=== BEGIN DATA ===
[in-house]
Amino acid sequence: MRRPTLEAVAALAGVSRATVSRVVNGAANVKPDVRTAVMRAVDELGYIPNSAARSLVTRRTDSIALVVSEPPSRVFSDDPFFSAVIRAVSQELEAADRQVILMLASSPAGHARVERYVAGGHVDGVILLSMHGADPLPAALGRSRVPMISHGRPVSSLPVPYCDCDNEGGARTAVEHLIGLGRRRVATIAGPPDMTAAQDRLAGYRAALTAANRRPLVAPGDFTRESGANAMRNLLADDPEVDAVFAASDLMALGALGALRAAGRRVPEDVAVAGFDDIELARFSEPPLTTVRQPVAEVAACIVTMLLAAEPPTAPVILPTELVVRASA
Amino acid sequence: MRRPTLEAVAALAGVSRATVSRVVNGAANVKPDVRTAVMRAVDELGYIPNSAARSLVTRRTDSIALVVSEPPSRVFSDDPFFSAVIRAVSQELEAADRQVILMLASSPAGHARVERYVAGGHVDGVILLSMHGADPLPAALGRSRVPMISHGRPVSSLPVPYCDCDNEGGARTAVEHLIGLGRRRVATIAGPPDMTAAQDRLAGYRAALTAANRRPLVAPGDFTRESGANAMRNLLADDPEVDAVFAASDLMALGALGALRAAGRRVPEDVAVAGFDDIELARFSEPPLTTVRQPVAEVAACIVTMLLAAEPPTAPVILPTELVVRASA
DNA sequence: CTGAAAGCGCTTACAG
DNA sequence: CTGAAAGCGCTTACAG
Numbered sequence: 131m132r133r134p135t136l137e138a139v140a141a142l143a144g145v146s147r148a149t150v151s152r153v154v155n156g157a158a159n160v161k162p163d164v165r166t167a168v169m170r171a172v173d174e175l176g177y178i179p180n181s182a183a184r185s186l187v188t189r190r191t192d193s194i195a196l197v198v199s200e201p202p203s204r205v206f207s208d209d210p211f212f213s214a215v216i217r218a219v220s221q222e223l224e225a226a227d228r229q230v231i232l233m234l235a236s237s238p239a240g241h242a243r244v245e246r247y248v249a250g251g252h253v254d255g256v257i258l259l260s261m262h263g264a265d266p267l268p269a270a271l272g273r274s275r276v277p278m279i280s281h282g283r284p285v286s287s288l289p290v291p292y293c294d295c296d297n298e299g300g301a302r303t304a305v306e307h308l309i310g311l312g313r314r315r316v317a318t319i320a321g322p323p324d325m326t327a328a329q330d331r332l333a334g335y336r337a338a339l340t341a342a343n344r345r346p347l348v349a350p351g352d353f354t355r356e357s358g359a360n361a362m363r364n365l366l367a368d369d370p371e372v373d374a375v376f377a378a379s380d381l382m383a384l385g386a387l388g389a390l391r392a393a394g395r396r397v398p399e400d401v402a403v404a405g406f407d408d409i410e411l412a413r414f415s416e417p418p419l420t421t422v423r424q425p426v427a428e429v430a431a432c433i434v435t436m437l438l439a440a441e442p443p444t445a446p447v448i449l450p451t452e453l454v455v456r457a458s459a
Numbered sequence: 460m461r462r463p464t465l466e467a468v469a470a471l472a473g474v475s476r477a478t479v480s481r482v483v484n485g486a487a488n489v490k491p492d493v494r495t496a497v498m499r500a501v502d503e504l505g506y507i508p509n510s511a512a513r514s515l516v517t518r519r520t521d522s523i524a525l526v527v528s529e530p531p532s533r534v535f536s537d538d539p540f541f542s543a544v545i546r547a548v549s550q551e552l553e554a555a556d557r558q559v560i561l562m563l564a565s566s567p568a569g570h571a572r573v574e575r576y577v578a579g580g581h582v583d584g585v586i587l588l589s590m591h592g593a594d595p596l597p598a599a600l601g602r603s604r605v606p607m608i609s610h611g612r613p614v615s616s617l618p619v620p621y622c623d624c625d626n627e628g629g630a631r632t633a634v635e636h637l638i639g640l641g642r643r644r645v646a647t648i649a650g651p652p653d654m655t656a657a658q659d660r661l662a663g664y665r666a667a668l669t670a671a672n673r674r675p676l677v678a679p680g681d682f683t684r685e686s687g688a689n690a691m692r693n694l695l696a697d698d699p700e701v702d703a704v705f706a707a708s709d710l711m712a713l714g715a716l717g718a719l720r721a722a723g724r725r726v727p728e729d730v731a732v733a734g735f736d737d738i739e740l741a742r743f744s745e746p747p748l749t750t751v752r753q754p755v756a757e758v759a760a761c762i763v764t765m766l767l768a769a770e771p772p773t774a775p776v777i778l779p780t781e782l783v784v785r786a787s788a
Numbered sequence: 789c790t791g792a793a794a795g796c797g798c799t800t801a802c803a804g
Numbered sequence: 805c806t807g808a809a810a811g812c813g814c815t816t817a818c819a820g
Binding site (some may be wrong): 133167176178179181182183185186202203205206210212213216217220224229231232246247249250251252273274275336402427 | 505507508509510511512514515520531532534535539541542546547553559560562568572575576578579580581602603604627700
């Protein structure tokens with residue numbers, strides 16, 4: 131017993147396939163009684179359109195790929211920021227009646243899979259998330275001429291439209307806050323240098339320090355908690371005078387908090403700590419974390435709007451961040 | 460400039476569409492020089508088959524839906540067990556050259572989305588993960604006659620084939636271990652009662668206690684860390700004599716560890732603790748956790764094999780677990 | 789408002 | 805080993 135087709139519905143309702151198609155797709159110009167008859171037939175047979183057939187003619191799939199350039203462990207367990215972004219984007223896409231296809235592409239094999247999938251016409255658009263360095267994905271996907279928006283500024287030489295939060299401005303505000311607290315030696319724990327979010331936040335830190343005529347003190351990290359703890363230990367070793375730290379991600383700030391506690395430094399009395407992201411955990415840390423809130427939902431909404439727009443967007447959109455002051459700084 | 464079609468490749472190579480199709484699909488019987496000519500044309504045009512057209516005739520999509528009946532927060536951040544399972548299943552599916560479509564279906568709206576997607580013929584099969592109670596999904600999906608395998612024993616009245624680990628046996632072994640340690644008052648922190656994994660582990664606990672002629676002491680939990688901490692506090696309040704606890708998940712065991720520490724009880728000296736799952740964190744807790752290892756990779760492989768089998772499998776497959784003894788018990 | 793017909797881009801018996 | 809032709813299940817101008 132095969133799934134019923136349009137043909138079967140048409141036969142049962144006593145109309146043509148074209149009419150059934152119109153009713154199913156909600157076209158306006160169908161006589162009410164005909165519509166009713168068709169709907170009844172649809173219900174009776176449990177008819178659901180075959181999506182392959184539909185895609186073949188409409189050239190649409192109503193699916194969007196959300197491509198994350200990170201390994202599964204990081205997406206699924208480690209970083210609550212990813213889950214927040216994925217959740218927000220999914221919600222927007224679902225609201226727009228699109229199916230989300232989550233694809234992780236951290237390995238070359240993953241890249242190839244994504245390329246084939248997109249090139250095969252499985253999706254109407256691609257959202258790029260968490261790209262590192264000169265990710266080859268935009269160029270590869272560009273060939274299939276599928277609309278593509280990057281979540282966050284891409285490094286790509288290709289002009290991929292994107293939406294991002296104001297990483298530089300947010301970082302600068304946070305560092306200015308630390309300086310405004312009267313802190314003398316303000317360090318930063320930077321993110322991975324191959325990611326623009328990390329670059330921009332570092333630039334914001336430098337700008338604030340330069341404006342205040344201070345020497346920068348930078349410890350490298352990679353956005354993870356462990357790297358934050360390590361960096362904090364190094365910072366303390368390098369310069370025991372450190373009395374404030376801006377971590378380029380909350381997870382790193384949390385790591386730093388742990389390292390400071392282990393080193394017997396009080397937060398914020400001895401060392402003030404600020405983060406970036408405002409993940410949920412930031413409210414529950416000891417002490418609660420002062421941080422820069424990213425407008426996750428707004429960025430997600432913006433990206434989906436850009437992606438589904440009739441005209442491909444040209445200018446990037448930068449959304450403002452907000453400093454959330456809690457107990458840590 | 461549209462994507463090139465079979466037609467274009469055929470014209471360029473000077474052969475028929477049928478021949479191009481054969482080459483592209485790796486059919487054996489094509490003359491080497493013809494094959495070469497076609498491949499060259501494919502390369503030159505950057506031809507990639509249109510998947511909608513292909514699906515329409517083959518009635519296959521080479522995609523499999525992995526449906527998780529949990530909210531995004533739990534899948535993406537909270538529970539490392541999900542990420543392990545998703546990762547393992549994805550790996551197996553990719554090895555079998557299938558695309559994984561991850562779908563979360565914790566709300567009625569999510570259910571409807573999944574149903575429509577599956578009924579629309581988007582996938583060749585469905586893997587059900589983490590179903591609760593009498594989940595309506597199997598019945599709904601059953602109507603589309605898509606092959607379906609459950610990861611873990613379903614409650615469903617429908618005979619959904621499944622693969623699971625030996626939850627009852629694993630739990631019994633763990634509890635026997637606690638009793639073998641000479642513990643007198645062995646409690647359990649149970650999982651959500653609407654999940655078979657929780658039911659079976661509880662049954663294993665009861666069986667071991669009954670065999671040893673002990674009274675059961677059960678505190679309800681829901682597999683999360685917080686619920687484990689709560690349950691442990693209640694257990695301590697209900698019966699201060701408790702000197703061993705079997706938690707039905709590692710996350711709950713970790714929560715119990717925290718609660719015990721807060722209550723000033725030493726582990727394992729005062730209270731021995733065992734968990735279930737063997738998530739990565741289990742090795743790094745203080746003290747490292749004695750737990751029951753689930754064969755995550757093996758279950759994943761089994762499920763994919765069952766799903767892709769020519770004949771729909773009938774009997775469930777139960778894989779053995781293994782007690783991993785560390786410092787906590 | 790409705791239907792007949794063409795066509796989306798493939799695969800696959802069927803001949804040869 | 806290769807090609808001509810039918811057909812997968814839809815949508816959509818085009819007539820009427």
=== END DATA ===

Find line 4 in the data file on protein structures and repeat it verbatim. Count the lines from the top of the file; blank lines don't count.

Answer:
DNA sequence: CTGAAAGCGCTTACAG